As I write this in May of 2013, I have lived more than 5 years since CT scans discovered a problem with my pancreas. That’s four more years than I was given by the doctors. My cancer was 2 cm., just at the point of being resectable – meaning they could operate on me, it was small enough. That put me in with a lucky few whose cancer was found when it was small. I had about two weeks before I was scheduled to see a surgeon, so I started doing my homework. The only place I really had to look was the internet and I found very little that gave me anything but a death sentence (Randy Pausch’s blog gave me all sorts of help, but in an odd way. More about that later). So I fell back on techniques I had learned over years of study; I will explain those in Techniques. But for now I’ll tell you that my first step was probably the hardest. I had to decide “what do I want, really?” It never gets more real than this, that time when you know your decision will mean either life or death. Time stands still.
So, what are the options? I don’t want cancer, I want to live, I want to see what the future holds. Seems like a crazy question perhaps. Isn’t “to live” the only answer there is? Well, yes and no. That was my original “want” and I’m not even sure it was that. I was just gibbering and crazy, I don’t think I had even thought that far. Fear can put us in a very strange country with no landmarks that we recognize and we stumble around, trying to find something solid we know, trying to find something that looks like normalcy. So it was very important for me to get somewhere quiet, take a few deep breaths and decide what it is, from this point on, that I really wanted. I’ve got a cancer diagnosis. OK, so the choice isn’t “no cancer.” I know some people will go there, believing in positive thinking. That sounded good but wasn’t realistic for me or the way I think. Since pancreatic cancer is extremely hard to cure, I was also pretty sure that I was going to die.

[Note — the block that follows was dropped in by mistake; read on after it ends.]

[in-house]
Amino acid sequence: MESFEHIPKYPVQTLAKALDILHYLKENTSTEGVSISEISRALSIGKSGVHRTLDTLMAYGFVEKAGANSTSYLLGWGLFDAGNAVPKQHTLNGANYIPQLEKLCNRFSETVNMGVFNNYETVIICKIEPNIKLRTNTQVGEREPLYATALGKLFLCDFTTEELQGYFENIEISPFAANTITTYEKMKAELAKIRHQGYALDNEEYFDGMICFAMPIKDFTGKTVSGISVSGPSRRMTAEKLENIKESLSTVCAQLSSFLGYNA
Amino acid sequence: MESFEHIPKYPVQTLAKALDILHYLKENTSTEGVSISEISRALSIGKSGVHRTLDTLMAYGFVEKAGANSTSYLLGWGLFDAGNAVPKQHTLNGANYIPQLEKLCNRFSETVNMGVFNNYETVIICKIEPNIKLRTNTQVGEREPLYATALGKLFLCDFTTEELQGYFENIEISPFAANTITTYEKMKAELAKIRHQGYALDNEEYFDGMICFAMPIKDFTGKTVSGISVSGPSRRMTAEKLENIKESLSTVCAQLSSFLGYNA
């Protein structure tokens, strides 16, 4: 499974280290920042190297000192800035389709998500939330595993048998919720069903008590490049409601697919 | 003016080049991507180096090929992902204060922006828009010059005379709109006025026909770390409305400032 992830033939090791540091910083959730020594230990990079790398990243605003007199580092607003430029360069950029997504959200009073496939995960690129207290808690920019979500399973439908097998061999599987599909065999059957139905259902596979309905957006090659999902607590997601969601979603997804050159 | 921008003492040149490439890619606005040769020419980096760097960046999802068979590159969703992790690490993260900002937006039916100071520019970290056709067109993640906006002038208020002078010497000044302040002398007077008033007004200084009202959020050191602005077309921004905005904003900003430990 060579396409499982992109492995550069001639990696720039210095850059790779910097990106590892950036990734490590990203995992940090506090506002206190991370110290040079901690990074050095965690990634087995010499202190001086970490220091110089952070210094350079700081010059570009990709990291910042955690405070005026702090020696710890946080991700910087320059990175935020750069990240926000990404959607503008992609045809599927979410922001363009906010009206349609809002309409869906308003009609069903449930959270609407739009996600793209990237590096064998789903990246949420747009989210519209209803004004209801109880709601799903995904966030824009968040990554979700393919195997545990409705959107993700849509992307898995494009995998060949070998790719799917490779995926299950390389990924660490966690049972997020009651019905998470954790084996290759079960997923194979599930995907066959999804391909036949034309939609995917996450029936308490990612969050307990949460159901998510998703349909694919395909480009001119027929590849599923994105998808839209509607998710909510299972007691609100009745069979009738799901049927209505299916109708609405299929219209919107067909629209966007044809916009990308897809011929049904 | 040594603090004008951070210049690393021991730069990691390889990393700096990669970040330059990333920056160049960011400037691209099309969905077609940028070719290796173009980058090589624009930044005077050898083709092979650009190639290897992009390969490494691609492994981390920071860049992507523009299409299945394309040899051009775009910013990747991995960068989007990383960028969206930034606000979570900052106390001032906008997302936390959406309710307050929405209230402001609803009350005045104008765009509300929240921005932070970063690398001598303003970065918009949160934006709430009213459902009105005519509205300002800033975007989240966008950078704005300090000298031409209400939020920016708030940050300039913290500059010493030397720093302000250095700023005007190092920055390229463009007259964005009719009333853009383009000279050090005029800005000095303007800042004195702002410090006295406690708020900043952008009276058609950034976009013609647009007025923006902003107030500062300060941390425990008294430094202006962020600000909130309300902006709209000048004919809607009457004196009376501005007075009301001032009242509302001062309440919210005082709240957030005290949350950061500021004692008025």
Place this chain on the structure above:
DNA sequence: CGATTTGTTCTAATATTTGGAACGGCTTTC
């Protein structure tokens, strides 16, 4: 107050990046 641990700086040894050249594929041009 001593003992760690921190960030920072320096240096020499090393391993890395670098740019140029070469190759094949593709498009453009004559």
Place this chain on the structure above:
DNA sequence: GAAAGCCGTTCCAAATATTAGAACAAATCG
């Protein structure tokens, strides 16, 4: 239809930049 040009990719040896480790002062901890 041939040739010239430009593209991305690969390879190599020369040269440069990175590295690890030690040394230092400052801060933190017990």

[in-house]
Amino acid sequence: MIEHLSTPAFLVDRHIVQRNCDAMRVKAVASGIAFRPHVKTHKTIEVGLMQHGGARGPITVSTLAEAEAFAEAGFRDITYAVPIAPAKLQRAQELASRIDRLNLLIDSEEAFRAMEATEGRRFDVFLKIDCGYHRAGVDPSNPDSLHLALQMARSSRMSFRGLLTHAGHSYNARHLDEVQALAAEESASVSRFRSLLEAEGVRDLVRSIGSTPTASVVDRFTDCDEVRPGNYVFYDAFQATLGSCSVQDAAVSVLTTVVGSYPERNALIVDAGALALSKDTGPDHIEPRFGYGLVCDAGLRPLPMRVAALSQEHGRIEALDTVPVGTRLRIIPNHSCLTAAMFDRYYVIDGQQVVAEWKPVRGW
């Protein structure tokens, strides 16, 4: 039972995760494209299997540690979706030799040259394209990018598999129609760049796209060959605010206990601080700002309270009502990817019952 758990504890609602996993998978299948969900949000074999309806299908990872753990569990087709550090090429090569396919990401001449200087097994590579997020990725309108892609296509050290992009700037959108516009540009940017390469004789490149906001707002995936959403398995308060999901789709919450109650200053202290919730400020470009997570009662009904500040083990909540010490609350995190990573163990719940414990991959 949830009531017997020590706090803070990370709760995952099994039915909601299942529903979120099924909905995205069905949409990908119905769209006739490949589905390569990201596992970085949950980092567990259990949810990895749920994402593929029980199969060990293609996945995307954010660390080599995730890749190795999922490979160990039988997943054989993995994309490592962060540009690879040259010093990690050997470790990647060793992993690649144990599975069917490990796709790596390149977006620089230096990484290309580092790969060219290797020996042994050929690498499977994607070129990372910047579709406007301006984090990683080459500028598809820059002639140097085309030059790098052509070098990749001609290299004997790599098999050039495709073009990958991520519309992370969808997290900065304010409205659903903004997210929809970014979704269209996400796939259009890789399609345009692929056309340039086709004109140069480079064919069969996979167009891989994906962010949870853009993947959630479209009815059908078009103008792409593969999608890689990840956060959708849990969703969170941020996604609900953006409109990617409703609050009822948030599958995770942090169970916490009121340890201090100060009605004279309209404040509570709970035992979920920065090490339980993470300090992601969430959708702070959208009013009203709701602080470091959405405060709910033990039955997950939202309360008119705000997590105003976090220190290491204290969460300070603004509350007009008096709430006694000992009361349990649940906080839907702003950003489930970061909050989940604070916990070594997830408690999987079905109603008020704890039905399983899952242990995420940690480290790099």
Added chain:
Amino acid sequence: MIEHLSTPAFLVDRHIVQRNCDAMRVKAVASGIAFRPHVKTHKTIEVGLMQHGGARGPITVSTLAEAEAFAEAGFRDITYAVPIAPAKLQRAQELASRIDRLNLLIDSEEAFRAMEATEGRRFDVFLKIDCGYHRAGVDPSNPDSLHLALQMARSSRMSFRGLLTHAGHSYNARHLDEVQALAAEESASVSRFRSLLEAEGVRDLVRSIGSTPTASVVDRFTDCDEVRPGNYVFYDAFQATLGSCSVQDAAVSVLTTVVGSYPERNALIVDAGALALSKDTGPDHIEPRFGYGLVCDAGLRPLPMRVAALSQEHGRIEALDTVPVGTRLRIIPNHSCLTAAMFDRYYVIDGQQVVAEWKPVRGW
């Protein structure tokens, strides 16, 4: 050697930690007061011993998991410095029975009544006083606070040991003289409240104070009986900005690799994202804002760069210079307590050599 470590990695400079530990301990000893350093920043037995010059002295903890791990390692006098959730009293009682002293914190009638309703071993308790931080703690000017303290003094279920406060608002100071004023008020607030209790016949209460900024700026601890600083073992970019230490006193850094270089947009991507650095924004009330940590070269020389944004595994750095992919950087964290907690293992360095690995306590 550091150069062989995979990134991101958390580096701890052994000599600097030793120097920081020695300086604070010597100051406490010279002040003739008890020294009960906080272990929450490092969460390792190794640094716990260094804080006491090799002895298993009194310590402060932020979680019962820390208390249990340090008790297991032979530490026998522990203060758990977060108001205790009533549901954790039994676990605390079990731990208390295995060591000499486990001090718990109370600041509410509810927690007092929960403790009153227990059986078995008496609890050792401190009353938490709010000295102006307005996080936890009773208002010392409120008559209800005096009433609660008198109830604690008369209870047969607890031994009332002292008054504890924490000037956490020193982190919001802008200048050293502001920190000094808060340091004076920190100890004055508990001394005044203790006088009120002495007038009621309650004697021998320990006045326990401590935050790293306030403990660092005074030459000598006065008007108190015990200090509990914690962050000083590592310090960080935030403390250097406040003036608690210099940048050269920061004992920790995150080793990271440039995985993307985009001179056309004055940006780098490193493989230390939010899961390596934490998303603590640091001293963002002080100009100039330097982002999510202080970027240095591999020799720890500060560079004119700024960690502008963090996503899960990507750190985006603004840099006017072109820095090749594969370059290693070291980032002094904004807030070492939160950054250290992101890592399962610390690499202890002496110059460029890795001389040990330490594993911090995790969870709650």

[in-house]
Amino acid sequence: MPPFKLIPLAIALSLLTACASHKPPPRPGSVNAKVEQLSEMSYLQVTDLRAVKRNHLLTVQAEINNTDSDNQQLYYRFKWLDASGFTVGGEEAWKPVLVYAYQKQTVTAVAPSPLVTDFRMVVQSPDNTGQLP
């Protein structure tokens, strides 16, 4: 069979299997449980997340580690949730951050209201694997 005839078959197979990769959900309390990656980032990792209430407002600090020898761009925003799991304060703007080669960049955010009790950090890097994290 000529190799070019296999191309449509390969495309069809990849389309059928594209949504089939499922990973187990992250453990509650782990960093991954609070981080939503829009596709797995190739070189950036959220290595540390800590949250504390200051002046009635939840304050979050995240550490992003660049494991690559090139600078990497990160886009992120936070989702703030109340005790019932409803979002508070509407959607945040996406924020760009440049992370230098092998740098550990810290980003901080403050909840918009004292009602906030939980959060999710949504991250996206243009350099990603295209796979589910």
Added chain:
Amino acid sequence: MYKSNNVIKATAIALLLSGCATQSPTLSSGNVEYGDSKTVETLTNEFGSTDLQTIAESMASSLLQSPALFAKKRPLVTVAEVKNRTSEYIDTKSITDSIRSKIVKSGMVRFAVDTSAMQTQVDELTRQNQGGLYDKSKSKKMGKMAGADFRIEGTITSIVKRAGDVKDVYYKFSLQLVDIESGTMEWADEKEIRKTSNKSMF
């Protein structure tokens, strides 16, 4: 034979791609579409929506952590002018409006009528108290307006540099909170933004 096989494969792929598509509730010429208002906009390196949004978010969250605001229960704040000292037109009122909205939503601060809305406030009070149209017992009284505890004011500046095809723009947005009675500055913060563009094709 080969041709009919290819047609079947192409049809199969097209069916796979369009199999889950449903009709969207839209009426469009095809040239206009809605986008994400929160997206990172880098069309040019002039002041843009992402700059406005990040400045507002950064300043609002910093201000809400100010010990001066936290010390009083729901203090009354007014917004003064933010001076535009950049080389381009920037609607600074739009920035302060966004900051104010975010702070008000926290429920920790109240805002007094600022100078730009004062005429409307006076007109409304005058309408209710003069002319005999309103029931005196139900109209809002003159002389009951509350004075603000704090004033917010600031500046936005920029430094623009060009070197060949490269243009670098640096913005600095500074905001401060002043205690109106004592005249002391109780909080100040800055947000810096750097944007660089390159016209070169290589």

How is this decision to be made? I had a great surgeon (I talk about this in this section, The Whipple). He went over what my one chance at a cure would be like. And I’m sure he wanted to cure my cancer. When you go to a doctor, I’m hoping that’s his focus. He doesn’t want to see you die and so all his recommendations will be focused on that, or on treatment to support your life. He’s gone to school for 20 years, probably has a huge debt, many sleepless nights studying, years of scut work and now he’s looking at you, telling you what he knows to be true and what he wants for you. I’m not knocking that, I’m very appreciative of it in fact. But bottom line, it’s his vision for you. I had to decide clearly what I wanted. It’s my life, my spirit, my mind, my emotions, my family, my history, my body, my pain, my destiny. My choice and my death.